Appendix A of pediatric respiratory arrest alone are better, with a
PEDIATRIC CARDIOPULMONARY highly signiﬁ cant.survival of 75%; however, a 25% mortality rate is still
RESUSCITATION Given that the outcomes of respiratory and cardiac
arrest are poor, a proactive approach is best:
Élise W. van der Jagt, MD, MPH 1. Identify children who are at risk for respiratory and
2. Institute treatments that prevent deterioration of
HISTORY 3. If respiratory or cardiac arrest occurs, treat thethe at-risk child.
An estimated 23,440 infants younger than 1 year old child expeditiously and effectively using evidence-
and 18,888 children between 1 and 19 years old died in based therapies.
the United States during 2012 from various causes. Until the mid-1980s, training was focused primarily
The mortality rate is clearly biphasic, with most deaths on the third step of this approach, the treatment of
occurring in the ﬁ rst year of life and then again in the pediatric patients who were in cardiac arrest. Cur-
15- to 19-year age group. Deaths of infants younger rently the preventive approach outlined in steps 1 and
than 1 year are the result primarily of congenital 2 is also recognized as having signiﬁ cant importance.
malformations (20%) and conditions relating to pre- Moreover, the AHA has emphasized the importance of
maturity and very low birth weight (18%). However, a community and serial approach to the signiﬁ cant
7% of deaths are the result of sudden infant death problem of cardiopulmonary arrests by advocating
syndrome, and 5% are caused by unintentional inju- for a concept called the Chain of Survival. Each link is
ries. In children older than 1 year, injuries are the lead- integrally related to the next, and only if all the links
ing cause of death. are accomplished will it be less likely that death and
Although children also die from acute cardiac dis- disability will occur from cardiac arrest. Because the
ease, including dysrhythmias and congenital heart major causes of pediatric cardiopulmonary arrest are
disease, the major causes of death are substantially not cardiac in origin, but are from injuries, sudden
different from the causes of adult cardiac arrest, in infant death syndrome, respiratory failure, sepsis,
which acute myocardial ischemia secondary to coro- neurologic diseases, and other illnesses, a separate
nary artery disease is the predominant cause. Such Pediatric Chain of Survival has been developed for
myocardial ischemia often results in an acute dys- the management of pediatric critical illness and injury.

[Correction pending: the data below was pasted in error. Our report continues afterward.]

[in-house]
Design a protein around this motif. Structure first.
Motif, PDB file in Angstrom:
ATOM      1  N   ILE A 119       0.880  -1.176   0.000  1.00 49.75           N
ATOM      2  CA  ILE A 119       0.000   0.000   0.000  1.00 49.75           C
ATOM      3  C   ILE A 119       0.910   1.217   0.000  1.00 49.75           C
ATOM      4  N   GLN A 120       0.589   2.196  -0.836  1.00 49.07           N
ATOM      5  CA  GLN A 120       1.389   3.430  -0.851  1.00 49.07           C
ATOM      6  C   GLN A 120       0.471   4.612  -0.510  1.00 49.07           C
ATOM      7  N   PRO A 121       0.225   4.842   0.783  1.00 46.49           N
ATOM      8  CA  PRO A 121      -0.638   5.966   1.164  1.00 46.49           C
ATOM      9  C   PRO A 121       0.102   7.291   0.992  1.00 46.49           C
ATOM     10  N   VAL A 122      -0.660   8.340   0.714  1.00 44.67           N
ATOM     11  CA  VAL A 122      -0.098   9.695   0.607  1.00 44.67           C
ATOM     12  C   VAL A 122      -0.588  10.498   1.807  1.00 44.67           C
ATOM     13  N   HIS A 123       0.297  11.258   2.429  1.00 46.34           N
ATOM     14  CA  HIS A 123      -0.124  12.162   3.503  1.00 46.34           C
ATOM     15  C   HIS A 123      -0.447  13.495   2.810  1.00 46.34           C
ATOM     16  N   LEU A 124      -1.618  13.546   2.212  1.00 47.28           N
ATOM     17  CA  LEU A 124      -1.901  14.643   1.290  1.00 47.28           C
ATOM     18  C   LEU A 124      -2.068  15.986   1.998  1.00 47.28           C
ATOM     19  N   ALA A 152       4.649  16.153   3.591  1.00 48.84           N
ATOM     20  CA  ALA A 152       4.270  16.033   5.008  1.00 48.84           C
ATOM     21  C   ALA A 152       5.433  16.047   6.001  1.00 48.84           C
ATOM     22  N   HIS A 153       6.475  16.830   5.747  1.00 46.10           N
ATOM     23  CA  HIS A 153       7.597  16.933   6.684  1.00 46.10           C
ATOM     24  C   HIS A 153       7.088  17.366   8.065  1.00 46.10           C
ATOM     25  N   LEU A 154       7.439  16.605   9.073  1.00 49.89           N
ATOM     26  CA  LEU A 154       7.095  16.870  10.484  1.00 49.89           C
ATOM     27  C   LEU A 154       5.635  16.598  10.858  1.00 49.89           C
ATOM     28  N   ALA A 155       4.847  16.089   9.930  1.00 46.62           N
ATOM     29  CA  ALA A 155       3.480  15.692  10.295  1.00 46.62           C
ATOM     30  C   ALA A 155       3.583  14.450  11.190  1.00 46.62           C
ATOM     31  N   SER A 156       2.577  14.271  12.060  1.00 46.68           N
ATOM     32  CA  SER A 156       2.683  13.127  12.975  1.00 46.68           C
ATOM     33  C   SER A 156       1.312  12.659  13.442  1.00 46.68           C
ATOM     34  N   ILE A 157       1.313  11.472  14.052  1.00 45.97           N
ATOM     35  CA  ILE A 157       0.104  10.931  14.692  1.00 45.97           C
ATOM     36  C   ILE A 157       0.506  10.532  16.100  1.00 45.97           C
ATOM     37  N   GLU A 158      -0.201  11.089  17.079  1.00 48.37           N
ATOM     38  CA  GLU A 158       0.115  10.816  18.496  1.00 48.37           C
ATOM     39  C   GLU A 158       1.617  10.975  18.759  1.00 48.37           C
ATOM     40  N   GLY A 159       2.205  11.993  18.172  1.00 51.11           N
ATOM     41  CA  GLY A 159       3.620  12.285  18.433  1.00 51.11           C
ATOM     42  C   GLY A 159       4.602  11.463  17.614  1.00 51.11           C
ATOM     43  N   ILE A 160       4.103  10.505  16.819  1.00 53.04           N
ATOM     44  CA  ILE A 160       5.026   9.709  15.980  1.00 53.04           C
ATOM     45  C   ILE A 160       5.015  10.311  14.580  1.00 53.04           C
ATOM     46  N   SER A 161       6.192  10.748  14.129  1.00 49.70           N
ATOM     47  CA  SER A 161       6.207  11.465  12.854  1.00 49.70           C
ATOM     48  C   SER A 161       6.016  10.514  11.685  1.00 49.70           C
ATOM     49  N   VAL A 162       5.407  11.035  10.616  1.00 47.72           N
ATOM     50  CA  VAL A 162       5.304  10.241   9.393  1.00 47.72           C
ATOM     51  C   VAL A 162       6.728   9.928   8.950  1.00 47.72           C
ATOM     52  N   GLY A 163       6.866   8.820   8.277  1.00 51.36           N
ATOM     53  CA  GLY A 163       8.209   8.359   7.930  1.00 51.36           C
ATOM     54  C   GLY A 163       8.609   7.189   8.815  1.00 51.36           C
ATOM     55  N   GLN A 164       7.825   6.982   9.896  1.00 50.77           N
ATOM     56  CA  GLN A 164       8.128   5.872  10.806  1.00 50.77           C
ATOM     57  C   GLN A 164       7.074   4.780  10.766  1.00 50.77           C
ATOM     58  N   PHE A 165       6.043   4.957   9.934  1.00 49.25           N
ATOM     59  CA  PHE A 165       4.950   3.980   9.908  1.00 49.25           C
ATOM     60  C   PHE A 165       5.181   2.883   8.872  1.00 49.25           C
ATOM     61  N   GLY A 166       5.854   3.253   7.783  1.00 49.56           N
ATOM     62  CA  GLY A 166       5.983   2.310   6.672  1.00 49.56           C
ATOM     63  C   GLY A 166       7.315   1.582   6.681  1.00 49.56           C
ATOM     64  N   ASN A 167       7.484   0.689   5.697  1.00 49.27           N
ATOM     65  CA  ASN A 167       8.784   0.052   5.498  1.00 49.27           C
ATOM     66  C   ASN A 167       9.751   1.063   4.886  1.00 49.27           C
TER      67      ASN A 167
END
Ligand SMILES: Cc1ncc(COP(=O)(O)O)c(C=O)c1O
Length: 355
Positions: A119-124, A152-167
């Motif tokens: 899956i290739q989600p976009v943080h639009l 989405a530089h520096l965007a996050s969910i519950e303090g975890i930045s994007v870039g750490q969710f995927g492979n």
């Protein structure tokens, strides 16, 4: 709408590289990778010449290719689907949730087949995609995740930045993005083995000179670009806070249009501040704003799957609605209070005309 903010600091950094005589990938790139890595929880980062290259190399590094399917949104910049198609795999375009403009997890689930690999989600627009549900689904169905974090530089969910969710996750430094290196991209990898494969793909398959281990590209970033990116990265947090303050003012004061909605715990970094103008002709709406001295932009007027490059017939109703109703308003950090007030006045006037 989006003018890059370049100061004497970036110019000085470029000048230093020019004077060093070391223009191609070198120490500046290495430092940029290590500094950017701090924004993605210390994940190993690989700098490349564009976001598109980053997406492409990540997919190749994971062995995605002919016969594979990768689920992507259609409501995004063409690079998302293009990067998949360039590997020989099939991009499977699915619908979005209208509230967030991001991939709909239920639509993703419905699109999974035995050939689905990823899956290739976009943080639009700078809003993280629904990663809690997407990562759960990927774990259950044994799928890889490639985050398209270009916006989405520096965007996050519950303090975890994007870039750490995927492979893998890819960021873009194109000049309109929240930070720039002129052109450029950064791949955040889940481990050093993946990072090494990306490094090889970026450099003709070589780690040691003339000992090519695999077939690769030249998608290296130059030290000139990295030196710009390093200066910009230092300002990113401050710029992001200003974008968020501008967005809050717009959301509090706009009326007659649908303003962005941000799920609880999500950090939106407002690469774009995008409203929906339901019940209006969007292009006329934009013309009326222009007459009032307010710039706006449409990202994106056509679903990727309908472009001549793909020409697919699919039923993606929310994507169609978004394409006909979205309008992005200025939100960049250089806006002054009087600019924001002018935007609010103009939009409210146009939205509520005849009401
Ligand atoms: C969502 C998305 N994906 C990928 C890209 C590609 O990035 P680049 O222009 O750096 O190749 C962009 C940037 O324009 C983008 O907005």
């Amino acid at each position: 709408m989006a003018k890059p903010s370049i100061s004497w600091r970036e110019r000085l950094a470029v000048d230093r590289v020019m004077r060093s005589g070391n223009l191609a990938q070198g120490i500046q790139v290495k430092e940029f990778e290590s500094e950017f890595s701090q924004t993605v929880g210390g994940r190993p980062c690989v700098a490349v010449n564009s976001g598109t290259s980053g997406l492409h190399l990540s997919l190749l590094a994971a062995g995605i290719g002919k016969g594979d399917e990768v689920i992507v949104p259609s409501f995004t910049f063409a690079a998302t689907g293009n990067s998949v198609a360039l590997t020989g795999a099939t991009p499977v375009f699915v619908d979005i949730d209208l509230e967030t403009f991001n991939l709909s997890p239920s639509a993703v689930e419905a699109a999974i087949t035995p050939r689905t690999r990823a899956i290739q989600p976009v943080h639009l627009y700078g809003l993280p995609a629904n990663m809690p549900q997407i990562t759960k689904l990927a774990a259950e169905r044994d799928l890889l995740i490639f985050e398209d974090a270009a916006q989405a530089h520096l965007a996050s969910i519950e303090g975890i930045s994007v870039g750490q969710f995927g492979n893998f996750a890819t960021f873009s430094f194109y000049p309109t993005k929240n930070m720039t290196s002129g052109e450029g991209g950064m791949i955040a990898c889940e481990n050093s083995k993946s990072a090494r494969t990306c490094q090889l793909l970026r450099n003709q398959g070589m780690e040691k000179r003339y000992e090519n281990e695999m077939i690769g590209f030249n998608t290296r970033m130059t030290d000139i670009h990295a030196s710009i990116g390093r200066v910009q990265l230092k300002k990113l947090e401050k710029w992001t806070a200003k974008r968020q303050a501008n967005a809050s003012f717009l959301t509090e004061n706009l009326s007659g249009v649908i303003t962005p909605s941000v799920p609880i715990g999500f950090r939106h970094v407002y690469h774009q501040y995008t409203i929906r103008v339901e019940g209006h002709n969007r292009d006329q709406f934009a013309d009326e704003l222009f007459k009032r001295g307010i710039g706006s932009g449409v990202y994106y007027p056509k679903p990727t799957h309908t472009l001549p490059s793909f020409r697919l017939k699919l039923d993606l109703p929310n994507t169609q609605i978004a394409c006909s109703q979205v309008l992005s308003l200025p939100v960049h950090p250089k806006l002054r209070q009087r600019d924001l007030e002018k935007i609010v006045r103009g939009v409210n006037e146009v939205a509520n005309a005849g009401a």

rhythmia, usually ventricular ﬁ brillation or ventricu- It consists of prevention; early cardiopulmonary re-
lar tachycardia, and cardiac arrest. Unless children suscitation (CPR); prompt access to the emergency
suffer a traumatic death, reasons for cardiopulmo- response system; rapid pediatric advanced life sup-
nary arrest are more commonly related to respiratory port; and integrated post–cardiac arrest care.
failure, infection, shock, and metabolic and neuro-
logic events. Nevertheless, up to 17% of children with
out-of-hospital cardiac arrest have ventricular ﬁ ASSESSMENT bril-
lation, similar to the 5% recently described for pedi- Given the paramount importance of recognizing
atric in-hospital arrests. Thus, many of the efforts in children who are critically ill or injured before they
improving outcome for adults with cardiac arrest are deteriorate into respiratory or cardiac arrest, a rapid
also applicable to pediatric patients. systematic assessment is required, with due attention
Outcomes from pediatric cardiopulmonary arrest paid to possible respiratory and circulatory compro-
are generally poor. Survival to hospital discharge from mise. This process requires a rapid performance of
out-of-hospital arrest is less than 10%, with even those parts of the physical examination that pertain
fewer having intact neurologic function. Children who especially to the respiratory, circulatory (including car-
have sustained a cardiac arrest from a submersion diac and vascular systems), and neurologic systems.
injury have somewhat better outcomes, at 23% sur- The neurologic system is especially important in that
vival to hospital discharge and 6% with intact neu- failures of either or both respiratory and circulatory
rologic survival. However, based on the most recent systems will have an effect on neurologic function. The
data from the American Heart Association (AHA) AHA and the American Academy of Pediatrics (AAP)
“Get With the Guidelines: Resuscitation” (formerly have jointly developed an excellent systematic ap-
called the National Registry of Cardiopulmonary proach, which is included in their Pediatric Advanced
Resuscitation), a registry of adult and pediatric in- Life Support Course training materials, accessible via
hospital arrests, overall risk-adjusted survival in pedi- the AHA Web site (www.heart.org).
atric patients is 43%, a threefold increase in survival The components of this rapid, systematic evaluation
between 2000 and 2009. Asystole/pulseless electrical include an initial impression, a primary assessment
activity is the most common initial cardiac arrest using an A-B-C-D-E approach to rule out immediate,
rhythm (85%). Based on several studies, the outcomes life-threatening problems, a secondary assessment
Appendices APPENDIX A • Pediatric Cardiopulmonary Resuscitation 2995